Healthier landscapes: RHDV1 K5 national release


RELEASE SITES: GALORE HILL

& THE ESPLANADE, PLEASANT HILLS

Healthier landscapes: RHDV1 K5 national release

To combat the threat of rabbits within Australia, the national release of a Korean strain of Rabbit Haemorrhagic Disease Virus, known as RHDV1 K5 is planned to take place during the first week of March, 2017.

This is the first time in 20 years that a new rabbit biocontrol agent is being released into Australia, however RHDV1 K5 is not a new virus; it is a strain of the existing virus already widespread in Australia, commonly known as calicivirus.

More than 600 sites across Australia are involved in the release of RHDV1 K5 and are working closely with Biosecurity Officers in their regions to ensure the best management outcomes.

RHDV1 K5: Frequently asked questions

What is RHDV1 K5? 
RHDV1K5 is a variant of rabbit haemorrhagic disease virus (RHDV1) that causes a fatal haemorrhagic disease in the European rabbit (Oryctolagus cuniculus). It is specific to the European rabbit, and once a rabbit shows symptoms, death is rapid. There is no treatment or cure for rabbit haemorrhagic disease (RHD); however a vaccine for domestic and production rabbits is available.

 

Where will RHDV1 K5 work best? 
We expect RHDV1 K5 to work in all areas where rabbits are found. However, we expect to see the greatest benefits of RHDV1 K5 in the cool-wet regions of the country. An endemic benign virus is found in the cool-wet regions and temporarily protects rabbits from the Czech strain of RHDV1 (released in 1996). RHDV1 K5 can overcome this protection, so it is likely that in these cool-wet regions we will see an improvement in RHDV biocontrol.

 

How is RHDV1 K5 different to the current variant of RHDV1? 
Both variants cause the same disease; however the RHDV1 K5 variant is better adapted to overcome the protective effects of the benign calicivirus detected several years ago in Australian rabbits.

These benign viruses can temporarily protect rabbits from infection with our current variant of RHDV. These benign viruses are predominantly found in the cool-wet regions of Australia, usually areas with higher production and biodiversity values – where typically RHDV has not worked as well as it has in more arid environments. The use of the RHDV1 K5 variant should improve the effectiveness of RHDV in these cool-wet regions and continue to supress rabbit numbers throughout their distribution, particularly in conjunction with other forms of control.

How do rabbits with RHD die? 
Rabbits that are infected with RHDV first develop symptoms anywhere from 24-72 hours after infection and usually succumb within 6-36 hours after the first symptoms appear. Many infected animals show no signs of disease and die suddenly. Some animals may exhibit lethargy or excitement before death. Animals die from the rapid onset of multiple organ failure. Given the short disease time and the sudden death from rapid organ failure, RHDV continues to be one of the most humane control methods for rabbits.

 

If it takes 48 hours to kill the rabbit, doesn’t the rabbit suffer during this time?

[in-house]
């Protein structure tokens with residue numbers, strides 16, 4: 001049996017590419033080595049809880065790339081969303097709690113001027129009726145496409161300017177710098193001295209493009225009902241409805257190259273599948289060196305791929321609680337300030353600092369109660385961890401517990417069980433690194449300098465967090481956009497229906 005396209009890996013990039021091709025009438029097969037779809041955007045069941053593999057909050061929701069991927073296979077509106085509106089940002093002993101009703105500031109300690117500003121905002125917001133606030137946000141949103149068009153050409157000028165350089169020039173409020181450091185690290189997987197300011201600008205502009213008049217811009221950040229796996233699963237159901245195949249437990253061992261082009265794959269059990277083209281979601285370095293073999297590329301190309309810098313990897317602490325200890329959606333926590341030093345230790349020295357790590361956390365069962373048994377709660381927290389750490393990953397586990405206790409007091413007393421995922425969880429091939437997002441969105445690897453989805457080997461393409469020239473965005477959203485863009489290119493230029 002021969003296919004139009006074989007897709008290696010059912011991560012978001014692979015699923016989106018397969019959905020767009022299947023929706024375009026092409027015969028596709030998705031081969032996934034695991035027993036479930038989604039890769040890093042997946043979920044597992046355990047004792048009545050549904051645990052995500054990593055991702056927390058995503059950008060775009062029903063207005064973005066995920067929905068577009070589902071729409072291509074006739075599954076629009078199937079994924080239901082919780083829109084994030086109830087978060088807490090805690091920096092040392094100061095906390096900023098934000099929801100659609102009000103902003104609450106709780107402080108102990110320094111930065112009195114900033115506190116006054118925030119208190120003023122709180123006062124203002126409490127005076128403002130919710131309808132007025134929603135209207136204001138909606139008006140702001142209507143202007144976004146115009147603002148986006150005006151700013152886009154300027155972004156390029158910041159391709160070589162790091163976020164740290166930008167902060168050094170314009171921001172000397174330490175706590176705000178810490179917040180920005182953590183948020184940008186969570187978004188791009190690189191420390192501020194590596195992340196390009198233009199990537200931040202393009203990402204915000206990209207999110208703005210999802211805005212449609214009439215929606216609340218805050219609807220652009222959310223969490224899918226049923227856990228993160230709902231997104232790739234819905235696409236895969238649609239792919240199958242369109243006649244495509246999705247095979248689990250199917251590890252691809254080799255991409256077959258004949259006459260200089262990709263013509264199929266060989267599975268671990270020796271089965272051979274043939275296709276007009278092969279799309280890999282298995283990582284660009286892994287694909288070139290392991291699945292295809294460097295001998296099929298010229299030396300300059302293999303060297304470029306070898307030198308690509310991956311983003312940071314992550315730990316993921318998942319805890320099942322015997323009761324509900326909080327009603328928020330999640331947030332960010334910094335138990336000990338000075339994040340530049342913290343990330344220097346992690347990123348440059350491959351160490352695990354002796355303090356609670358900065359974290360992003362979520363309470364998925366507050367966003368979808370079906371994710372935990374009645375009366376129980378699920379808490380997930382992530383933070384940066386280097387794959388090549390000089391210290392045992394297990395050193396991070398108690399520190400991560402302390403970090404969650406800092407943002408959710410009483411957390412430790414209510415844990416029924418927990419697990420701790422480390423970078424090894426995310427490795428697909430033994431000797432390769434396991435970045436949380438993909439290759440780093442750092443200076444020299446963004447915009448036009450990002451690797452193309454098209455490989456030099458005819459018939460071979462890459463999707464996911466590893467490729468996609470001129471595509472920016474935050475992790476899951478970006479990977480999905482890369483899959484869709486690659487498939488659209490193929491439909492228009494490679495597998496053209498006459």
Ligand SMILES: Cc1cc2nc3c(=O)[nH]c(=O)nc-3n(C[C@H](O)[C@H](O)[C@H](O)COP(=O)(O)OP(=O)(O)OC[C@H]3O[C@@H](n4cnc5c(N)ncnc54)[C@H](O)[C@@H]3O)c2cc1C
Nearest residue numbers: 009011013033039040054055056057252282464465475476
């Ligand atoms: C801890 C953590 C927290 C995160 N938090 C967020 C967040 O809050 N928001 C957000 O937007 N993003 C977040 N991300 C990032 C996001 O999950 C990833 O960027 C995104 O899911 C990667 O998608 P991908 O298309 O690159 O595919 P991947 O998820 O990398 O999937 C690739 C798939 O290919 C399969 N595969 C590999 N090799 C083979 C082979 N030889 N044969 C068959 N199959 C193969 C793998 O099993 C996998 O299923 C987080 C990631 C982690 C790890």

RHDV is one of the more humane methods of controlling wild rabbits. Basically the rabbits end up with ‘cold-like’ symptoms, become lethargic and then die quickly. Post-infection, there is a rise in body temperature lasting up to 24 hours, followed, in 70–90% of cases, by death up to 48 hours after the onset of a fever.

 

What type of knock-down will RHDV1 K5 achieve? 
While exact knockdown figures are unknown, we do not expect to see population reductions like those seen with the release of the Czech strain of RHDV1 (calicivirus) in 1996. We are not releasing into a naïve population like that in 1996. Knockdowns are expected to be conservative, depending on location and susceptibility of the rabbit population to RHDV1 K5.

 

How does RHDV spread naturally? 
RHDV is spread by insect vectors, such as bushflies and blowflies. Direct contact between a rabbit and a rabbit carcass with RHDV is also an avenue of spread. Animals that predate on rabbit carcasses such as foxes, dogs and cats may also excrete the virus in their faeces.

 

Does it affect people or other animals (pet, native wildlife and livestock)? 
In Australia, no variant of RHDV1 has ever been found to cause infection in any other animal except the European rabbit (Oryctolagus cuniculus). Even predatory animals that eat rabbits that have died from RHDV1 do not develop an infection.

 

Monitoring the effectiveness of the RHDV1 K5 release. 
During February, March and April, Lockhart Shire Council staff, in conjunction with Local Land Services staff, will be involved in the monitoring and control of the rabbit population. This will include spotlighting, release of virus via carrots, collection of deceased rabbits, and sampling of internal organs for laboratory testing. For further information, visit: www.pestsmart.org.au or contact Tracey Geppert on 0429 692 986.

Controlling Fruit Flies

By taking effective action to control fruit flies in your home garden you can minimise damage to the fresh fruit and vegetables you produce and contribute to regional management strategies for fruit fly control.

Follow the links below to view fact sheets for suggested control methods of fruit fly.